Last year, the Royal Australian and New Zealand College of Ophthalmologists (RANZCO) announced the launch of the Australian and New Zealand Eye Foundation (ANZEF) as an internal RANZCO committee. This brought the charitable functions of the previous Eye Surgeons’ Foundation, ending in 2017, into RANZCO as an in-house function, thereby significantly reducing the administrative costs of the charity by drawing on RANZCO resources.
ANZEF’s mission is to raise funding for education and research that improves the quality of eye care in Australia, New Zealand and further afield, thereby improving the eye health of people who rely on that care. Any funds raised will be directed by the Foundation committee to support important education and research work in Australia, New Zealand and developing countries. ANZEF will raise funds for international development work that focusses on education and increasing the capacity and sustainability of eye care services in the Asia Pacific region. We will also raise funds for research through the Ophthalmic Research Institute of Australia (ORIA) and Save Sight New Zealand, and for education projects across Australia and New Zealand.
Since its inception, ANZEF has been working on putting in place the governance and processes for the charity, securing fundraising licences, developing strategy and plans, and communicating developments with members and the wider eye health community. It has also begun fundraising among RANZCO members, who have shown their support for ANZEF’s aims financially, and by offering their support and advice.
This process has been, and continues to be, very time intensive, but we are reaping rewards already. We are very pleased to be able to announce that we have now secured all of our fundraising licenses across Australia and New Zealand. This means that we are now able to receive funds from the public, as opposed to only from RANZCO members. We will therefore be reviving the JulEye campaign this year and working with partner organisations to build awareness of the important role that education and research play in improving eye care for patients across Australia, New Zealand and the wider Asia Pacific region.
If you or your organisation would be interested in working with ANZEF to promote eye care, education and research during JulEye, please contact us at ANZEF@ ranzco.edu. We welcome the opportunity to unite the eye health community to work together to raise awareness this JulEye.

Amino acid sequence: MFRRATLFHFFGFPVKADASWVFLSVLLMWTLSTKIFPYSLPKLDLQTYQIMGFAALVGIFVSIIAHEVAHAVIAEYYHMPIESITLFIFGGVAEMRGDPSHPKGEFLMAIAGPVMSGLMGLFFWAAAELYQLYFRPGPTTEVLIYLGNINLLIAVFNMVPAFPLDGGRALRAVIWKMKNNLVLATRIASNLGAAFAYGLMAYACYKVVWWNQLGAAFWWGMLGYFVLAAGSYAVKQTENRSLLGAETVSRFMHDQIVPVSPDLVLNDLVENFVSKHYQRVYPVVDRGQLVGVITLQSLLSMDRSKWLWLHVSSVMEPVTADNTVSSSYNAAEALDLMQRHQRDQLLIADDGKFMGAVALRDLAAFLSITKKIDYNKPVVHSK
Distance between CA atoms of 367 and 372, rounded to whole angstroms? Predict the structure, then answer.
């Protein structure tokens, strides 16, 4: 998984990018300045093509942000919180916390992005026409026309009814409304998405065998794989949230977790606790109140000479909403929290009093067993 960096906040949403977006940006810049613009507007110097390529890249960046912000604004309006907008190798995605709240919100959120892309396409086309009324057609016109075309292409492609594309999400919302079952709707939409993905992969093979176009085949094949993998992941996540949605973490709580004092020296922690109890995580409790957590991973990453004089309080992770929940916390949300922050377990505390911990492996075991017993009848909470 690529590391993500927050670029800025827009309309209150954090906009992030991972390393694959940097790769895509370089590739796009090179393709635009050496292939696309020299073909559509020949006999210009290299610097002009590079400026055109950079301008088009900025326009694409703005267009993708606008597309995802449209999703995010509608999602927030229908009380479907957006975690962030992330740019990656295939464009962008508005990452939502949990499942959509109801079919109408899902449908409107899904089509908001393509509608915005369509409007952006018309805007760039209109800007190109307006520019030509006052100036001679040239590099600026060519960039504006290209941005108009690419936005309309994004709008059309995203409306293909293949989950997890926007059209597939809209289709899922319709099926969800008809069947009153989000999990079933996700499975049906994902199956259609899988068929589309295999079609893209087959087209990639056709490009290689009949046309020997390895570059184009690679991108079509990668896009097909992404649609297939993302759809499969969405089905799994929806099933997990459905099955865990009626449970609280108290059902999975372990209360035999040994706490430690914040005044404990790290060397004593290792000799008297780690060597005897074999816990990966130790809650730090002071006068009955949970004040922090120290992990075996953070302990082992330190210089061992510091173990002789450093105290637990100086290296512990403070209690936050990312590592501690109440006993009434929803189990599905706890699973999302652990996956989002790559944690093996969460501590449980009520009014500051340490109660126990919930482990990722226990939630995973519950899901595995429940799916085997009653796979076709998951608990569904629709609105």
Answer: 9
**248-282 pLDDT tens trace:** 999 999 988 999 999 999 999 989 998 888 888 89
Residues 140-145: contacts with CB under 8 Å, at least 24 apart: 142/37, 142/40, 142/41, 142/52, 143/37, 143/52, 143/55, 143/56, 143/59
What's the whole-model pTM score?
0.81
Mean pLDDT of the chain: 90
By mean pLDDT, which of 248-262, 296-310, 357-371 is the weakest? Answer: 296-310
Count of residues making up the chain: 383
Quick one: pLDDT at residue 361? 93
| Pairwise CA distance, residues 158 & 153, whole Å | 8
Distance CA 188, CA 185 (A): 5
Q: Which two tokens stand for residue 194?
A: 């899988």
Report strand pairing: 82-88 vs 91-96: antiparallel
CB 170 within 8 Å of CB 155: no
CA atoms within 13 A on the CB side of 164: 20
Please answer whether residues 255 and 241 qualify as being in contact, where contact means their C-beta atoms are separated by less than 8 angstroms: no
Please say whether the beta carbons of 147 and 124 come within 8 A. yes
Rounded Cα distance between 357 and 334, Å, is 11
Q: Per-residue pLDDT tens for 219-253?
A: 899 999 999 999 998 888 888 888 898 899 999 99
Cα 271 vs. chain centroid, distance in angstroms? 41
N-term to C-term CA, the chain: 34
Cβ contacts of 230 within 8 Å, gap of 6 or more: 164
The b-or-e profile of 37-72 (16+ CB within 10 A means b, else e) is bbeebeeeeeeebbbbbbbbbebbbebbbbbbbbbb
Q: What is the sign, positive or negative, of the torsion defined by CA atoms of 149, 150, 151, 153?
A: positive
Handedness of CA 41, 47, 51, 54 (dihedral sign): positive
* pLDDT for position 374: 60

ROP UPSKILLING IN PNG
In 2018, RANZCO teamed up with the University of Papua New Guinea and UNICEF (principal workshop funders) to conduct a five day workshop on retinopathy of prematurity (ROP) at the Port Moresby General Hospital.
The ROP workshop aimed to upskill eye care professionals, paediatricians and nursing staff in the identification and treatment of ROP in PNG. Equipment (an indirect ophthalmoscope – the traditional standard of care for ROP), was provided by ANZEF. Workshop participants were upskilled in the use of indirect ophthalmoscopy to detect ROP. On conclusion of the workshop the equipment was donated to the neonatal ward at the Port Moresby General Hospital. Special care nurses and neonatologists have been upskilled in oxygen administration and resuscitation procedures for premature infants.
“I had an amazing team from Australia – a specialist neonatal nurse from the Royal Children’s Hospital, Melissa Stewart, and a neonatologist from the Monash Children’s Hospital, Risha Bhatia – working with me,” said Associate Professor Susan Carden, an ophthalmologist at the Royal Children’s Hospital and Royal Victorian Eye and Ear Hospital in Melbourne. “The medical and nursing staff in Port Moresby are passionate about providing the best possible care for their newborn patients and they were smart and keen to learn as much as possible. For my team, we were overwhelmed with their thirst for knowledge. The experience for us was tremendous and we hope to return to give a refresher course next year, and also to visit other provinces.
“Preventing newborns from going blind is one of the most important things that we can do. Teaching ophthalmologists in developing countries, such as Papua New Guinea, how to examine newborns’ eyes is incredibly rewarding. It means that there is the potential for sustainable management of newborn eye health and the prevention of lifetime blindness.”
Dr John Kennedy is the Chair of ANZEF. He is also chairman of the Department of Ophthalmology at St Vincents Private Hospital in Sydney and has held a number of senior positions at RANZCO. He is currently also a member of RANZCO’s Code of Conduct Committee.